Giving people realistic simulations not only entices travelers to choose a particular hotel, airline, or tourist site but provides powerful training experiences for hospitality professionals. For example, the Best Western hotel chain trained front desk staff using VR and subsequently saw a 20-point increase in customer satisfaction scores and a 71% decrease in customer complaints.
AR is also being put to good use. Typically experienced through a mobile application on a smartphone or tablet, airports, museums, and other tourist destinations are using AR to enhance the visitor experience. The Smithsonian Institution in Washington D.C., for example, has an AR app called ‘Skin and Bones’ for its Bone Hall of 300-century-old vertebrates. Visitors can point their phones at one of the participating skeletons to see what the animal looked like, how it moved and sounded, and more. Just like VR, this translates to positive results. Visitors stop more often and stay longer when they use this AR app and say they have better experiences.
Recognition technology (Biometrics)
The last trend we’ll discuss is that of biometrics for easier, more secure travel. Recognition technology using fingerprints or facial scans has been around for a while. You may unlock your iPhone with your face (facial recognition), or perhaps you’ve heard that Miami International Airport will be offering biometric boarding for all international flights starting this year (2023). Car rental companies are also experimenting with biometrics for customers to access their reserved rental vehicles instead of keys. While still somewhat controversial due to privacy concerns, recognition technology has the potential to make travel a truly seamless experience.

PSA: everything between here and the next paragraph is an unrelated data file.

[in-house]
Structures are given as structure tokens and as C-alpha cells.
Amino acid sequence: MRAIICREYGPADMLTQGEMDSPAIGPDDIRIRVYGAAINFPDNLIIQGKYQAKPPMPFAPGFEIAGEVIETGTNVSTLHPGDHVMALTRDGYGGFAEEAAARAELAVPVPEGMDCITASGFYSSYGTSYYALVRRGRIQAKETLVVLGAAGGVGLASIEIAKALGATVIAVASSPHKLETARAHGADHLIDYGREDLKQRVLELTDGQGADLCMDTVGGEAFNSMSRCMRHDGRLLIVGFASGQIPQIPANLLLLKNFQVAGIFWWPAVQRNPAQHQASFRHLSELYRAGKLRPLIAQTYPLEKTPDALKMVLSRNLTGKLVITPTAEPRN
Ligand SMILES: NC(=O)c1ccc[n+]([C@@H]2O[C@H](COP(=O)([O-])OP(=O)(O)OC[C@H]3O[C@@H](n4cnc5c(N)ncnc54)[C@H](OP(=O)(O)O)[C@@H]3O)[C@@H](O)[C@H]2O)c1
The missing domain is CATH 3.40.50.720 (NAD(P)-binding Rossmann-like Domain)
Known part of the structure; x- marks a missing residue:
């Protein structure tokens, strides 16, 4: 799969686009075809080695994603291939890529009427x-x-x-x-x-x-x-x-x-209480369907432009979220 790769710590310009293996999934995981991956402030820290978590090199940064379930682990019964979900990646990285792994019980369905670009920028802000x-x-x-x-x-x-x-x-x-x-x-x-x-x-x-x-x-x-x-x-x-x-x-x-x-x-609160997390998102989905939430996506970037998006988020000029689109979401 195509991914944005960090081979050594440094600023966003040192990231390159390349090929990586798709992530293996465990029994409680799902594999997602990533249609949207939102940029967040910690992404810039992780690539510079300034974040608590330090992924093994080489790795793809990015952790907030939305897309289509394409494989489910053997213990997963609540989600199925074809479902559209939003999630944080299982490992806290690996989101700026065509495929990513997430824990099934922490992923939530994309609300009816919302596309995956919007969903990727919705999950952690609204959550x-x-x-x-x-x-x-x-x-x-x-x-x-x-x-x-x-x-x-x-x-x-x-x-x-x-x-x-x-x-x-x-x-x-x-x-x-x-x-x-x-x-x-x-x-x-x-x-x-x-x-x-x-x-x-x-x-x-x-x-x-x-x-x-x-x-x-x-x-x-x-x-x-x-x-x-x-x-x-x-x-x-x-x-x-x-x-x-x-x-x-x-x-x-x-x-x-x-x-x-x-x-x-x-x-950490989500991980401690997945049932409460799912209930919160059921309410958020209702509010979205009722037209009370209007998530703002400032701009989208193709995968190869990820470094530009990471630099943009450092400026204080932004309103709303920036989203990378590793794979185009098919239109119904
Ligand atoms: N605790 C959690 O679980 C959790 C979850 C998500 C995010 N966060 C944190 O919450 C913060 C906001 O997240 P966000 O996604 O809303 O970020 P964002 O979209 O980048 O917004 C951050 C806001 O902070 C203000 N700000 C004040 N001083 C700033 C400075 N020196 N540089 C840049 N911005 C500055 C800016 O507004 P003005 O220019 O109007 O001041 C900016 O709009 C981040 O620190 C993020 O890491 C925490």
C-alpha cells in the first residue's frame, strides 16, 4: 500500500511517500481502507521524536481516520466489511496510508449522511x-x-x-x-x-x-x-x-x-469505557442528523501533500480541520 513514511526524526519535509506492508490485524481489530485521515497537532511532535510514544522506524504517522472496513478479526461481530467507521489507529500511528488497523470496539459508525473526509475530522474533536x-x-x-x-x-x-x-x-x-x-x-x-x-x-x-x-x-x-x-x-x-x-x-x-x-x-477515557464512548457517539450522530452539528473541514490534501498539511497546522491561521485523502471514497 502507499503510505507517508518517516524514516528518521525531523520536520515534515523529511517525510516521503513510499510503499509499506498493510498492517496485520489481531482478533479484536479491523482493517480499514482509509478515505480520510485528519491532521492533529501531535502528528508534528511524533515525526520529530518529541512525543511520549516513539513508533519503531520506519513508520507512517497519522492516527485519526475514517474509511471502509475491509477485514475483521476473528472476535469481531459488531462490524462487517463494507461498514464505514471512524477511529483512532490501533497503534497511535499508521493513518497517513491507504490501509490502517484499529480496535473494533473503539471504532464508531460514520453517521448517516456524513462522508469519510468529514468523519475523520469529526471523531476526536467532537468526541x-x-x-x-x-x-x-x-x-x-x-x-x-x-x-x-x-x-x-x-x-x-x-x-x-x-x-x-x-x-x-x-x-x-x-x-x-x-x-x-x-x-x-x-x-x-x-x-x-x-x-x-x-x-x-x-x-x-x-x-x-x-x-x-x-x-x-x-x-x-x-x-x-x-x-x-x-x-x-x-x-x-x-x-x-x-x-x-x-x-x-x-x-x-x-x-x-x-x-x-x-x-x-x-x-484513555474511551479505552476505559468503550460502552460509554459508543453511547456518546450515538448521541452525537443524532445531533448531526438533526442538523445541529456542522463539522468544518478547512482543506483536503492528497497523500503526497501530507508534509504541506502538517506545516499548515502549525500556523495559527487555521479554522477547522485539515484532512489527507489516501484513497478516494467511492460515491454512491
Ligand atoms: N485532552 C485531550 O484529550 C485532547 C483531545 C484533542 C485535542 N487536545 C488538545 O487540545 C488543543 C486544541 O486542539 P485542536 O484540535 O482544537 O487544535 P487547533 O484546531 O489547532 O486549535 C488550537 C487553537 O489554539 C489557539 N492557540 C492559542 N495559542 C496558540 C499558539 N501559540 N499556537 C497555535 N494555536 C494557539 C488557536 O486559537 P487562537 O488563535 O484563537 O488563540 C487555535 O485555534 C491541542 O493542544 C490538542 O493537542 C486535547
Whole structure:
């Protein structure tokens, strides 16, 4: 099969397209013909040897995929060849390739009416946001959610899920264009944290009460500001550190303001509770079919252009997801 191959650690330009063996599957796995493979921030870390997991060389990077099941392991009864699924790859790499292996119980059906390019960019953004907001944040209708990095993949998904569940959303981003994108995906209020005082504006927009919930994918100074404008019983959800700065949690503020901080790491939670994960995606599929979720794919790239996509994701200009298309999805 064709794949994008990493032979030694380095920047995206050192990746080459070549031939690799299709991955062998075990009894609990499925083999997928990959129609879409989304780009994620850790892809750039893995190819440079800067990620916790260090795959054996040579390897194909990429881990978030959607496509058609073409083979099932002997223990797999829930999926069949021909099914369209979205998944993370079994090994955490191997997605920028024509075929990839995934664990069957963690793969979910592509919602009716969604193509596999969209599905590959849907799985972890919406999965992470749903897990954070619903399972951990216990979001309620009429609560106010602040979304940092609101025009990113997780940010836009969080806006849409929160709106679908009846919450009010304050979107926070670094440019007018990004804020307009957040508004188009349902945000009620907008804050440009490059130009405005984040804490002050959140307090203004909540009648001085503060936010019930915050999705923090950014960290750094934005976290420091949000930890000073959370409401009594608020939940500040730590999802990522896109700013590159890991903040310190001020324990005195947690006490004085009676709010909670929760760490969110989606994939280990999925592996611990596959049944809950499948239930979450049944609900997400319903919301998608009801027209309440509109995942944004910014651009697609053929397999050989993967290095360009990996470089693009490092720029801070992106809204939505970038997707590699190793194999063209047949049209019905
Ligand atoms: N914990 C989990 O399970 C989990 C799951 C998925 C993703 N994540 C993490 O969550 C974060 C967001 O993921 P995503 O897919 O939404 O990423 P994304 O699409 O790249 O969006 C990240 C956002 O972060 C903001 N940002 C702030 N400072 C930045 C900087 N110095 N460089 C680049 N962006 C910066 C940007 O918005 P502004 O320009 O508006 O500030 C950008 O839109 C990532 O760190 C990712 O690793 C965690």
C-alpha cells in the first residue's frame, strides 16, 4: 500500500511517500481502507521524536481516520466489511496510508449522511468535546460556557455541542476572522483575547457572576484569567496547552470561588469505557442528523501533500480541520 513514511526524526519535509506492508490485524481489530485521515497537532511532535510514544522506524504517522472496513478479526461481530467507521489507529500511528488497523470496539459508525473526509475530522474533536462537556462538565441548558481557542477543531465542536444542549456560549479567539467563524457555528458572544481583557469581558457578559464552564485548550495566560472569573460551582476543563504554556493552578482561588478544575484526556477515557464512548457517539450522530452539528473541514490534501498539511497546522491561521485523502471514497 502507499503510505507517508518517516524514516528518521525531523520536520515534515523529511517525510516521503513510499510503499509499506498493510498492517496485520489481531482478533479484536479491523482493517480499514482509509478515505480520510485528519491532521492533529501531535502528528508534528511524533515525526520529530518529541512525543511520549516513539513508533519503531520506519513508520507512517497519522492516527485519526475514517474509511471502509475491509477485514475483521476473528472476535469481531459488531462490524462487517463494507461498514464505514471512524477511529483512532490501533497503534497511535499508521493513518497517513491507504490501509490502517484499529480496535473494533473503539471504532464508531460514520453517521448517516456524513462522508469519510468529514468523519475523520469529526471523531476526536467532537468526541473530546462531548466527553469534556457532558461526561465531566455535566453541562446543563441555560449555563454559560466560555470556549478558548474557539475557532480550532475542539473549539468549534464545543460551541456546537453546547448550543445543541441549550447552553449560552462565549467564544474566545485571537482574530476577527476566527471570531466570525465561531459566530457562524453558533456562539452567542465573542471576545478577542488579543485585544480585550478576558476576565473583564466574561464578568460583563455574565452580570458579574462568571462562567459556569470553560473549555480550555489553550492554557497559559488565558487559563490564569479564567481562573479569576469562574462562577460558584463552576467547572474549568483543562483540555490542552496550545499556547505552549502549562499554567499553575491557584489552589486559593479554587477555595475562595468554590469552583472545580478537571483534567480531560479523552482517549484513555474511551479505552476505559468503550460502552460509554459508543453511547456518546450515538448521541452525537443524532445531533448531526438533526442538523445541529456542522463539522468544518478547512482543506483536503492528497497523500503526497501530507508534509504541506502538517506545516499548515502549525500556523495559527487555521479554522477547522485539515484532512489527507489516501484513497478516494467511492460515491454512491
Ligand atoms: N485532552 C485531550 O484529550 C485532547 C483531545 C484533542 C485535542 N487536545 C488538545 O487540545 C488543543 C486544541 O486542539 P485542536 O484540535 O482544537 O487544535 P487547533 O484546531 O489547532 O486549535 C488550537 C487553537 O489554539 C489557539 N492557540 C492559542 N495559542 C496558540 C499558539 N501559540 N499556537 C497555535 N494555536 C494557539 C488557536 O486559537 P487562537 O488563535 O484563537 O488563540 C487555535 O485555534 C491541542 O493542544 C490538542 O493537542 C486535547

The future of travel
So what could travel look like 10 years from now based on some of this digital transformation in the tourism sector? Let’s imagine it from the traveler’s perspective.
As I arrive at the airport, facial recognition technology scans my face, instantly checking me in and printing my bag tags. My smart suitcase rolls autonomously behind me as I breeze through security, with no need to show documents.
Once at the gate, I’m delivered a refreshing pre-flight cocktail curated just for me based on my flavor preferences and past orders. As I sip, I slip on a VR headset to preview my upcoming hotel stay. I virtually tour the property, view my customized room, and preview planned excursions around the area.
After a quick electric tram ride to the plane, I settle into my ergonomic seat equipped with biometric sensors that monitor preferences like temperature and lumbar support. The in-flight meal that follows is delicious and tailored to my dietary needs.
Upon arrival, my smart luggage has already been transported to the hotel. A robotic bellhop meets and escorts me to my room; it requires no front-desk check-in or wait. Over the next few days, an AI concierge provides suggestions for activities and restaurants based on my profile, booking everything through a unified travel app. Moving between destinations is simple with integrated mobility platforms and silent electric vehicles.
The trip feels incredibly streamlined, personalized, sustainable, and RELAXING. I finally take a vacation where I don’t return feeling like I need a few more days to unwind.
Let’s make that future a reality
The digital era is well underway, but it is never too late to start your digital transformation journey. Intellias has been accelerating the pace of sustainable digitalization for top-tier organizations for two decades. With expertise in AI/ML, blockchain, data & analytics, IoT and more, we’re ready to help you wherever you are in your journey. Contact our team today to discuss your unique needs.